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Thinking About the Next Phase
of Iran Nuclear Diplomacy

Dennis Ross, Suzanne Maloney,
and Meghan O’Sullivan

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Estimated time 1:00 PM to 2:00 PM (EST)

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President-elect Biden has said he wants to reenter the Iran nuclear agreement from which President Trump withdrew in May 2018. Yet renewing that process will be no simple task given Iran’s subsequent violations of the JCPOA, persistent reservations among key U.S. allies, and congressional skepticism about further negotiations with Tehran. Threading this needle will require an innovative approach that reengages Iran while addressing allied concerns and preserving leverage for future talks. Ambassador Dennis Ross—who held the Iran portfolio on the National Security Council staff during President Obama’s first term—outlines just such a policy in the first installment of The Washington Institute’s 2021 Presidential Transition Memo Series.

To mark the release of this report and discuss Iran nuclear diplomacy, The Washington Institute is pleased to announce a virtual Policy Forum with Ambassador Ross, Suzanne Maloney, and Meghan O’Sullivan.

Dennis Ross is the counselor and William Davidson Distinguished Fellow at The Washington Institute. Before serving as special assistant to President Obama, he led a decorated government career that included Middle East policy roles under multiple administrations stretching back to President Reagan, encompassing nearly the entire history of the Islamic Republic.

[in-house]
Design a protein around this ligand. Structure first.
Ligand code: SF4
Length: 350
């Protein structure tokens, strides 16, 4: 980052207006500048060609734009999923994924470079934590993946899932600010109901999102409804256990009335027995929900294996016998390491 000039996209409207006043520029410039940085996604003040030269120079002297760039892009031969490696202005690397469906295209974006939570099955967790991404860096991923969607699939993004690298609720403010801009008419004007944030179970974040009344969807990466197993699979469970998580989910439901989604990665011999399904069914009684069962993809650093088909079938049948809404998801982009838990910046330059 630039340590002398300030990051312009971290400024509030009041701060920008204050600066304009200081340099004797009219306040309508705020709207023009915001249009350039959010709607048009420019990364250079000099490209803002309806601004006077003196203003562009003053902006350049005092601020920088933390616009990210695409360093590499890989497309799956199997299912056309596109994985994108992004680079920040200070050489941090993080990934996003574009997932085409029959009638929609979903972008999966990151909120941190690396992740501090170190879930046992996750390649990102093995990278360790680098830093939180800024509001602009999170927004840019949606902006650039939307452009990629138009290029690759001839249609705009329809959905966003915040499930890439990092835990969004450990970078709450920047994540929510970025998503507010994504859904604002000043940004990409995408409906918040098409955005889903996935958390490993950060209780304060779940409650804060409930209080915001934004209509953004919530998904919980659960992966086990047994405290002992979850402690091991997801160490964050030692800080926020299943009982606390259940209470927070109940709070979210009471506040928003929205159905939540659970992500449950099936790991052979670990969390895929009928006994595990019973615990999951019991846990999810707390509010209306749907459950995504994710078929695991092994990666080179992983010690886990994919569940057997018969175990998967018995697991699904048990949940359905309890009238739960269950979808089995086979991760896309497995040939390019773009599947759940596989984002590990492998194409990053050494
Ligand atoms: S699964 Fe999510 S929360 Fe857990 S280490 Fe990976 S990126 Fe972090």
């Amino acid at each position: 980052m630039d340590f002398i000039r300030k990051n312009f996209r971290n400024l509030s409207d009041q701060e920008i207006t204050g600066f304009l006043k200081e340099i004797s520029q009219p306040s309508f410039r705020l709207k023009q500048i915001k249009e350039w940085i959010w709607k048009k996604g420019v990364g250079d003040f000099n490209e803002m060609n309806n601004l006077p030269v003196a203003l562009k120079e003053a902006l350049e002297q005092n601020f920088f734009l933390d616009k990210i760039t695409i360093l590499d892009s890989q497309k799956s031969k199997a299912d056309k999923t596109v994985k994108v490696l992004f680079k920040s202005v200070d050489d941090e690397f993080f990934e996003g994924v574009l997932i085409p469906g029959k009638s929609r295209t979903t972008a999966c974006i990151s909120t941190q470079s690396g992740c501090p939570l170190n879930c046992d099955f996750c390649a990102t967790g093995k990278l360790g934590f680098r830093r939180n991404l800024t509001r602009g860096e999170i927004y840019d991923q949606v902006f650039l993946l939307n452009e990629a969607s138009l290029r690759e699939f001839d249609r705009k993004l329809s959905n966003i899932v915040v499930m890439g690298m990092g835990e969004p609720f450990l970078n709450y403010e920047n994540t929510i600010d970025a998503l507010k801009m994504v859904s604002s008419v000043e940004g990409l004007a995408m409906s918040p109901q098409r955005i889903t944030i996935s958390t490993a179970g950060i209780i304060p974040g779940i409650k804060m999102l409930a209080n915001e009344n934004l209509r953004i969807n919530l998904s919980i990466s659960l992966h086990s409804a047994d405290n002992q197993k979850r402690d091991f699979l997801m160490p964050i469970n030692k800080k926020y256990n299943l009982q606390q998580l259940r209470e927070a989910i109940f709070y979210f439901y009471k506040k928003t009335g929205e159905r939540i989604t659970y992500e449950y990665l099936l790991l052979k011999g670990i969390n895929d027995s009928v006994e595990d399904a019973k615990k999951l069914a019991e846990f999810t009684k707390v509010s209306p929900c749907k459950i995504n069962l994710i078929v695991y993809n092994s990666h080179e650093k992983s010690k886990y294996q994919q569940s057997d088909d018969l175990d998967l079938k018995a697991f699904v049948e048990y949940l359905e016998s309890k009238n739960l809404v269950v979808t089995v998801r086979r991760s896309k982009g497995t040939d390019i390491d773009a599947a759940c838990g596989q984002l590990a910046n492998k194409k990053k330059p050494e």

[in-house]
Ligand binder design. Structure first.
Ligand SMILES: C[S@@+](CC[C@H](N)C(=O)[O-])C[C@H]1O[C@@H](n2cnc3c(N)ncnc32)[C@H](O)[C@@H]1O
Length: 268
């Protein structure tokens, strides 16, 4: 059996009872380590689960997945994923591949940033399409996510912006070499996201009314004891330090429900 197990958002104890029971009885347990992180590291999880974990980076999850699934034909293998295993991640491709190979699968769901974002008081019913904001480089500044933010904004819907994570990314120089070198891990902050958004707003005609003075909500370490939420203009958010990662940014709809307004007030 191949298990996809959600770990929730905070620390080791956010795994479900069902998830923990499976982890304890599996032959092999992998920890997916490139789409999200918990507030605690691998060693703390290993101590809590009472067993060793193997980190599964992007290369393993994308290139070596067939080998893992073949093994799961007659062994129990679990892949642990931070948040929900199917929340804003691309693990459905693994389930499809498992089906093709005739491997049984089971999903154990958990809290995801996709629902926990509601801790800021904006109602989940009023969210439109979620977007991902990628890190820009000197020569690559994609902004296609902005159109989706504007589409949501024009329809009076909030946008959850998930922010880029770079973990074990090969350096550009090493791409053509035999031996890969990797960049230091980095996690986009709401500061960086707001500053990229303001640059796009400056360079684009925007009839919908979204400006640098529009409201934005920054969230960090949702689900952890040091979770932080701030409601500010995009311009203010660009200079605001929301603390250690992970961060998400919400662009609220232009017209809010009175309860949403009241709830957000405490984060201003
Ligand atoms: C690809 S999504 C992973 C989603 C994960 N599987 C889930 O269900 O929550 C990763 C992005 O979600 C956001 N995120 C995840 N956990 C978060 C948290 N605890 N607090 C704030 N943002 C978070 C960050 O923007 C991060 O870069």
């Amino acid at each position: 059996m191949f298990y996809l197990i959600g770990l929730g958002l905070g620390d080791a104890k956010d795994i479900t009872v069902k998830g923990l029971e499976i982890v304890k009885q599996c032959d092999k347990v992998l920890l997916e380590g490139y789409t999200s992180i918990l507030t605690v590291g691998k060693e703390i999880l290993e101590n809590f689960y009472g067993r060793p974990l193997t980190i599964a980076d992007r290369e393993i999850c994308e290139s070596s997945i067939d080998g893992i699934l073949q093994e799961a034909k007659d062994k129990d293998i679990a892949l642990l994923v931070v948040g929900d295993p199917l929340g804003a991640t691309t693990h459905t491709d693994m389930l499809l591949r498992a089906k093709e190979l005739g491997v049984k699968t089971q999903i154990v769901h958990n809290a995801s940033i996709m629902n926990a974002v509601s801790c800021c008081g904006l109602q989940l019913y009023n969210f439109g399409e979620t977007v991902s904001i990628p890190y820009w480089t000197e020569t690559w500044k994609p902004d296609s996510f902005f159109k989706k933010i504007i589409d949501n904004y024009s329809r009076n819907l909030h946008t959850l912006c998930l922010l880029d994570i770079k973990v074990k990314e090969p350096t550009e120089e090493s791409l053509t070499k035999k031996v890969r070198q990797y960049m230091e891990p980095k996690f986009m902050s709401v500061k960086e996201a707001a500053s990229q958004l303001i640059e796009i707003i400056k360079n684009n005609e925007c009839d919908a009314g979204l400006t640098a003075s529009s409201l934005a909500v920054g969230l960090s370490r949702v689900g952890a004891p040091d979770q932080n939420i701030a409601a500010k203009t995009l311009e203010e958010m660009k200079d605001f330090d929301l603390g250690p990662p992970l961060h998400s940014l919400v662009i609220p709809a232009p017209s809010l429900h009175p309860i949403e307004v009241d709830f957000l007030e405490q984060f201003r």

Suzanne Maloney is vice president and director of the Foreign Policy Program at the Brookings Institution. Author of the recent book The Iranian Revolution at 40 (Brookings, 2020), she has advised both Democratic and Republican administrations on Iran policy.

Meghan O’Sullivan is the Jeane Kirkpatrick professor of international affairs and director of the Geopolitics of Energy Project at Harvard University’s Kennedy School. During the George W. Bush administration, she served as deputy national security advisor for Iraq and Afghanistan as well as senior director for strategic planning and Southwest Asia on the National Security Council.
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